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Risk Perception and Danger
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Interference with Effective Performance
We now have to examine how the perception or the misperception of inadequate
coping resources leads to anxieties. The key factor in maintaining stability
in a presumably risky activity seems to be whether one has confidence that one
can proceed without incurring an unacceptable risk. A person who seriously questions
his or her ability to perform adequately or safely begins to experience inhibitions and
The danger signals are triggered, and inhibitory pressures build
up to discourage further movement into what one client termed the "danger
zone." Anxiety, in this instance, is an unpleasant signal to stop forward
progress. If your client stops or retreats, as you know, his or her anxiety decreases.
If he advances, it increases. If he makes a conscious decision to proceed, he
may be able to override the inhibiting anxiety.
The role of an inhibiting
system may be viewed as a safety or precautionary mechanism, which is brought
into play when there is a clear and present physical or interpersonal danger.
The role of the inhibition is to curb or slow down action that can jeopardize safety. As long as your client is confident of being able to negotiate the task,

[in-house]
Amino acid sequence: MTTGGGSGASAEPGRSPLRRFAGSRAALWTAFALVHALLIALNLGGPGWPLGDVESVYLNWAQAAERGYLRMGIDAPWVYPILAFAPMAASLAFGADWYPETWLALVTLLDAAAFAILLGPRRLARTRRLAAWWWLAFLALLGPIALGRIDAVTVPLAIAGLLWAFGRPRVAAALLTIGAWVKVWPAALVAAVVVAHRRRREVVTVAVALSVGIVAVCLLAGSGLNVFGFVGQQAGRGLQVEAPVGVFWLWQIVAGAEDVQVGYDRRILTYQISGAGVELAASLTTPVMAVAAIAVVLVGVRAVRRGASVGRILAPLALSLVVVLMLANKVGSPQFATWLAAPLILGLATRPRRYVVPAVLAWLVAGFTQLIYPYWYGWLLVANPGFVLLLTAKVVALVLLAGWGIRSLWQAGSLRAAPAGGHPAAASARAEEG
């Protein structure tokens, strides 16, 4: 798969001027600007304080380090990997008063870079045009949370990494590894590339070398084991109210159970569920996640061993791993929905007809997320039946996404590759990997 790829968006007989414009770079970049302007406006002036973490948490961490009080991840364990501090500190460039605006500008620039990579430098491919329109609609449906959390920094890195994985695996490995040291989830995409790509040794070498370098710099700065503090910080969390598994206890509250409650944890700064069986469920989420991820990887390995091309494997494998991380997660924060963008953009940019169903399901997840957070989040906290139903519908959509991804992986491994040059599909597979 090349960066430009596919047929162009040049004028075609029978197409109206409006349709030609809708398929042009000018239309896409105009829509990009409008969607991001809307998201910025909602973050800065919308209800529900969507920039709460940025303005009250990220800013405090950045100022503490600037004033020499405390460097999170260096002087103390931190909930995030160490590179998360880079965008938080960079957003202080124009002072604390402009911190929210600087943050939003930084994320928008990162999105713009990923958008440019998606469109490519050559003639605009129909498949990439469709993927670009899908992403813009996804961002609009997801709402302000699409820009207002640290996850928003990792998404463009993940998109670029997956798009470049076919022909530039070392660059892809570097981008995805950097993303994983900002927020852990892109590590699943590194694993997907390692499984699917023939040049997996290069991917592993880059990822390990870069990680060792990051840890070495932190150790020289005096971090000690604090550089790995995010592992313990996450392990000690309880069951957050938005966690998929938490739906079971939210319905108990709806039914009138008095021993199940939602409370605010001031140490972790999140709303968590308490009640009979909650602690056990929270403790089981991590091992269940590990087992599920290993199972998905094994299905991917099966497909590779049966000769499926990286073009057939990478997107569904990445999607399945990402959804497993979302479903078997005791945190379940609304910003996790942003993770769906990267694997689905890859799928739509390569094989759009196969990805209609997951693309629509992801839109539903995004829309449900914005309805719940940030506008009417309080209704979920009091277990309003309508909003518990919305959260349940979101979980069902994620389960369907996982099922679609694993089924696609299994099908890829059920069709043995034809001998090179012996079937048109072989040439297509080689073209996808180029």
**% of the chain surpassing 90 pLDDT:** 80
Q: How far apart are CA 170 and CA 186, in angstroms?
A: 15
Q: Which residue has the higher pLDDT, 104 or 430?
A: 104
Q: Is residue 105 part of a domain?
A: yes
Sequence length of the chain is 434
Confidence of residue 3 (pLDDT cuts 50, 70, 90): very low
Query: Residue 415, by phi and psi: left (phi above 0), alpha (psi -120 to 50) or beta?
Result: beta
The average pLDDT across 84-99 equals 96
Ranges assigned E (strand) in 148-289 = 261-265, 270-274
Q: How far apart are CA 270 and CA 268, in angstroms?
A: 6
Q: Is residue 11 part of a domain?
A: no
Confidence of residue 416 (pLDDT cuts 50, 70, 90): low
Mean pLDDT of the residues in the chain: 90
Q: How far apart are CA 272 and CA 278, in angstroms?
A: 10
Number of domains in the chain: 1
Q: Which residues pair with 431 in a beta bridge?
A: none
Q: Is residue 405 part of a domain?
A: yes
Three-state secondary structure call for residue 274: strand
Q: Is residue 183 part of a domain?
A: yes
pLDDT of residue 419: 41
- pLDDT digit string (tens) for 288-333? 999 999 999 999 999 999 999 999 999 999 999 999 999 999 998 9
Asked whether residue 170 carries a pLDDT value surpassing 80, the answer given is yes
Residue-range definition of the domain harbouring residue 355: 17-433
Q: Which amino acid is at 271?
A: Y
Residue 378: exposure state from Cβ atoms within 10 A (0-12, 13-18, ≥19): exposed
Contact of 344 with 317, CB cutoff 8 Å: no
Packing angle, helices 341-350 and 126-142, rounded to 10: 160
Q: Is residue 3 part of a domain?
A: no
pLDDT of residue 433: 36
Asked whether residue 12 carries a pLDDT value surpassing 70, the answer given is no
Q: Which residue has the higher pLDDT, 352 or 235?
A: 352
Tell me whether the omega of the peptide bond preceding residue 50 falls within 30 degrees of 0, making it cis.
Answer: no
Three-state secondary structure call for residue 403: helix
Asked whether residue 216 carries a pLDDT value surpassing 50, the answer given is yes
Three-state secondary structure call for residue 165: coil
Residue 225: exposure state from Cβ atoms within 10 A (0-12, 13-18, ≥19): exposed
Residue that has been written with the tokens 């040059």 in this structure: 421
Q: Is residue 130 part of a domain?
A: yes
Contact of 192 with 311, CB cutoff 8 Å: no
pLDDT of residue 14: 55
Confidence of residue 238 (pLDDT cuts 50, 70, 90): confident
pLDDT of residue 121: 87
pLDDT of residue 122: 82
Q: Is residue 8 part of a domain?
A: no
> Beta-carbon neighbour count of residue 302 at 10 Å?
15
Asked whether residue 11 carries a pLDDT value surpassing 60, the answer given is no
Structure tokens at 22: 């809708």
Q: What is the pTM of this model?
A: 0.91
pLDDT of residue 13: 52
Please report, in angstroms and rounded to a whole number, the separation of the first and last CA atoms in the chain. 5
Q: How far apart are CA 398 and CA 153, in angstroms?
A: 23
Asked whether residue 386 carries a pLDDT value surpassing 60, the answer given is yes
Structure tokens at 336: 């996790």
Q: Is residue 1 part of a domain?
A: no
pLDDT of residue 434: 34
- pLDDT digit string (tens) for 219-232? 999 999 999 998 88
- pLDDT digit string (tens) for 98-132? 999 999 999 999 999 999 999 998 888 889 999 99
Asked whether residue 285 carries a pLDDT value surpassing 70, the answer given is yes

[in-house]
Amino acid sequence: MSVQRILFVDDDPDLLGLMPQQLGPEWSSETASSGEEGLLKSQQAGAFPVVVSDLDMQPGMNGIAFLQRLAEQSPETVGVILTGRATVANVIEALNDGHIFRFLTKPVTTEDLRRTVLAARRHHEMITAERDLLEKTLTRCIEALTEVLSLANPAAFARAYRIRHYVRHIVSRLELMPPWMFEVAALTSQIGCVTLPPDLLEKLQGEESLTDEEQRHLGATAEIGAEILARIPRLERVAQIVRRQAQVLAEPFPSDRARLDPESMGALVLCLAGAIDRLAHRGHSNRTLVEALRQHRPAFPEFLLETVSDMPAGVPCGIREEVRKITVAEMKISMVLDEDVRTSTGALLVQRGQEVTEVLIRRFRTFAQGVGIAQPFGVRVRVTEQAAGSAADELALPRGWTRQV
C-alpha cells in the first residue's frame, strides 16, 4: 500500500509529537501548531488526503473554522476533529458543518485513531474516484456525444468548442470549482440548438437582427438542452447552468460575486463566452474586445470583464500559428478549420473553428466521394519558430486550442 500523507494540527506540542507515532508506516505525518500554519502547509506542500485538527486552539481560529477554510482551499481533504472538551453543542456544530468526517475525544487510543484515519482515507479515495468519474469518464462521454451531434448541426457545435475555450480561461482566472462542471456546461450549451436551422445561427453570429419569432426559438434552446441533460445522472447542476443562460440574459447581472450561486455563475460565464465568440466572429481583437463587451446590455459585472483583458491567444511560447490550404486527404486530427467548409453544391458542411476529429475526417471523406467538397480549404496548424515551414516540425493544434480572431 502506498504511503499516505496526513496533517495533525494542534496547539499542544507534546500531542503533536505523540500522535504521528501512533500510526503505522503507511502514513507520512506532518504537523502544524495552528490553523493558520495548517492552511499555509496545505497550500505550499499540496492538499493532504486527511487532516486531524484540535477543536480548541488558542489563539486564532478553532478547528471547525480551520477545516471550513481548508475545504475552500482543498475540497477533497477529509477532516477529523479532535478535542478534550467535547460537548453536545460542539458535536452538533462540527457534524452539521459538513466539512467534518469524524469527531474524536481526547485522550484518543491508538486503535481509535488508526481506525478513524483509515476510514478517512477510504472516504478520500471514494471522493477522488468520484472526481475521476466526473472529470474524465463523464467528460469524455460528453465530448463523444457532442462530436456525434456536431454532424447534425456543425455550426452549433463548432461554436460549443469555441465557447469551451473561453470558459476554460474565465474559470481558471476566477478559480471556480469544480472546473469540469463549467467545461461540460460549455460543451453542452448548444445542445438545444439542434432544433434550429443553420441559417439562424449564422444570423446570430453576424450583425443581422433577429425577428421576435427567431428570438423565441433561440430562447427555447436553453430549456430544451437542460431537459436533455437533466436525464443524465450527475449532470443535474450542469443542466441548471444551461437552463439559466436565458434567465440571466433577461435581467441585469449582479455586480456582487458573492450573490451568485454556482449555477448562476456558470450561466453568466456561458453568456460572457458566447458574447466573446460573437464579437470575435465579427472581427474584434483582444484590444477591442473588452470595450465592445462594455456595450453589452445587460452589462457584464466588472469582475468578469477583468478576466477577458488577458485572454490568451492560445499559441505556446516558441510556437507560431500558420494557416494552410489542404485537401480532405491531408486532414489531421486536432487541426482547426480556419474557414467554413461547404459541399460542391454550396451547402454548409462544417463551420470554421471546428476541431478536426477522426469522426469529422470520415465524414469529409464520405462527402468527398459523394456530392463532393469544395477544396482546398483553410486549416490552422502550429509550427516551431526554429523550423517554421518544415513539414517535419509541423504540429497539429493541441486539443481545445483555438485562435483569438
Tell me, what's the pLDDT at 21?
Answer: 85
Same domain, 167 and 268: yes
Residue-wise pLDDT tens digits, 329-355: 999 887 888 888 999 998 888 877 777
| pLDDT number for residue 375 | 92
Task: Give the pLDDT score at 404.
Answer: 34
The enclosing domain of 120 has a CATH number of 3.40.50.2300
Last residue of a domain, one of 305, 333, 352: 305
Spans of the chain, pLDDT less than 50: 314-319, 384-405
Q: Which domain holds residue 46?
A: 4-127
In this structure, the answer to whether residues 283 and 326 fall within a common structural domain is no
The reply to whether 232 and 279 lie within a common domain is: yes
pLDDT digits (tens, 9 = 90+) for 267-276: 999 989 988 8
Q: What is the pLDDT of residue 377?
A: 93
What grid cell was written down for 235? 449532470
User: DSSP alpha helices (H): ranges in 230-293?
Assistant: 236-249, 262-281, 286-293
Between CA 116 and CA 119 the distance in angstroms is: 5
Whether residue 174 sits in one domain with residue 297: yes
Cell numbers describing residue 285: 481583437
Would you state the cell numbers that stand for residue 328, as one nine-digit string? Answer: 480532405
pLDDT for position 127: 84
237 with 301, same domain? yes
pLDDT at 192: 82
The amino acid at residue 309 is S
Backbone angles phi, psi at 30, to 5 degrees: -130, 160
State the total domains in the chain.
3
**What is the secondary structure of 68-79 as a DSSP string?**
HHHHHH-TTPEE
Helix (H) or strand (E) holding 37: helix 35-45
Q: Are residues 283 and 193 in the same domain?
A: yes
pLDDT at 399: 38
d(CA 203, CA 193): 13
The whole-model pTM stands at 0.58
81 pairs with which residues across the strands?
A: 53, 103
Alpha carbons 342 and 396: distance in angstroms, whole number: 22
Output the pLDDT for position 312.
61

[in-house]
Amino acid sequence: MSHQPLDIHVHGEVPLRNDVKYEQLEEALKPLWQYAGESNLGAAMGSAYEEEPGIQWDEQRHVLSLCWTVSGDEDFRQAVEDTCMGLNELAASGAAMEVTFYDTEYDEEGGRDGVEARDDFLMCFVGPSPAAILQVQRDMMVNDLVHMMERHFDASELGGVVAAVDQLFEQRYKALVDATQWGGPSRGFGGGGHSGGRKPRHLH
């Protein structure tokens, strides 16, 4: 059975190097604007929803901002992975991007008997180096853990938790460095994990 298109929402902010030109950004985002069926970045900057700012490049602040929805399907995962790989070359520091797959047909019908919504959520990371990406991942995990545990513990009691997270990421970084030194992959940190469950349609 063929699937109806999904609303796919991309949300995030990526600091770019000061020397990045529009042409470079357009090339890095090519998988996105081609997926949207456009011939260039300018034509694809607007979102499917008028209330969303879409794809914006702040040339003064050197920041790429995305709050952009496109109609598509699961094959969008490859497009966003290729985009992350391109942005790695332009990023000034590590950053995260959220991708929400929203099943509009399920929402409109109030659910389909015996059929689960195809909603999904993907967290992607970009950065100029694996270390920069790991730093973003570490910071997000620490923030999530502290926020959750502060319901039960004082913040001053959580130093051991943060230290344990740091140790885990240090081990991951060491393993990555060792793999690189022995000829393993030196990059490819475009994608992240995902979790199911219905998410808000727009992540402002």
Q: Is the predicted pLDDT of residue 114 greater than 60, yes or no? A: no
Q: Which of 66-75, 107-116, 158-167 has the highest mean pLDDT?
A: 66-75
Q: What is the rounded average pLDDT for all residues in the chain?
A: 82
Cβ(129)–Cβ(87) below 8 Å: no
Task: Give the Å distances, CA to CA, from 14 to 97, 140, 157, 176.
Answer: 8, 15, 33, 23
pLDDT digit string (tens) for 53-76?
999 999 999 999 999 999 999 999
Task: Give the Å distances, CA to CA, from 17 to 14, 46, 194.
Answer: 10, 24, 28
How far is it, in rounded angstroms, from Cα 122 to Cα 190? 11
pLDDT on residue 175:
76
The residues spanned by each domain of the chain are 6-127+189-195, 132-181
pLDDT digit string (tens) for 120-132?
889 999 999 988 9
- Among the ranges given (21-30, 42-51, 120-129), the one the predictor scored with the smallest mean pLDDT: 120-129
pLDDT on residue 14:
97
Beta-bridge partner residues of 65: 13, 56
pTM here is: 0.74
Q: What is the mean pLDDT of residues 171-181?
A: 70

the mechanism remains inoperative. As soon as his or her confidence wanes, the
inhibiting mechanism is activated.
Thus, there is a tug-of-war
between advance... stop... go slow... and pull back. If your client proceeds skillfully
and maintains his or her balance, he or she may remain cool. However, as soon
as your client sees an unexpected trouble spot and is not certain whether or how
he or she can handle it, they are likely to experience physical as well as psychological
restraint. Which brings us to the function of dysfunctional behavior.
The "Function" of Dysfunctional Behaviors
The triggering of a
self-protection mechanism is determined by your client's estimation of the
amount of damage that will result if he or she performs inadequately. For example, the
child, Bobby, tries to make good grades to prevent his parents' pending separation.
There is an interesting relationship between estimated magnitude of damage and
the expectation of poor performance: that is, the more drastic the consequences
of poor performance, the more poorly an individual expects to perform. Thus, the
more the parents argue, the lower the child's school performance.
child's reaction to a threat may be best understood in terms of a global perception
of self-confidence. This construct refers to a constellation of attitudes involving Bobby's positive estimation of his instrumental capabilities and his
belief in the ability to exercise them. Low self-confidence implies that the child
has a low rating of his instrumental capacity and a negative expectation of success.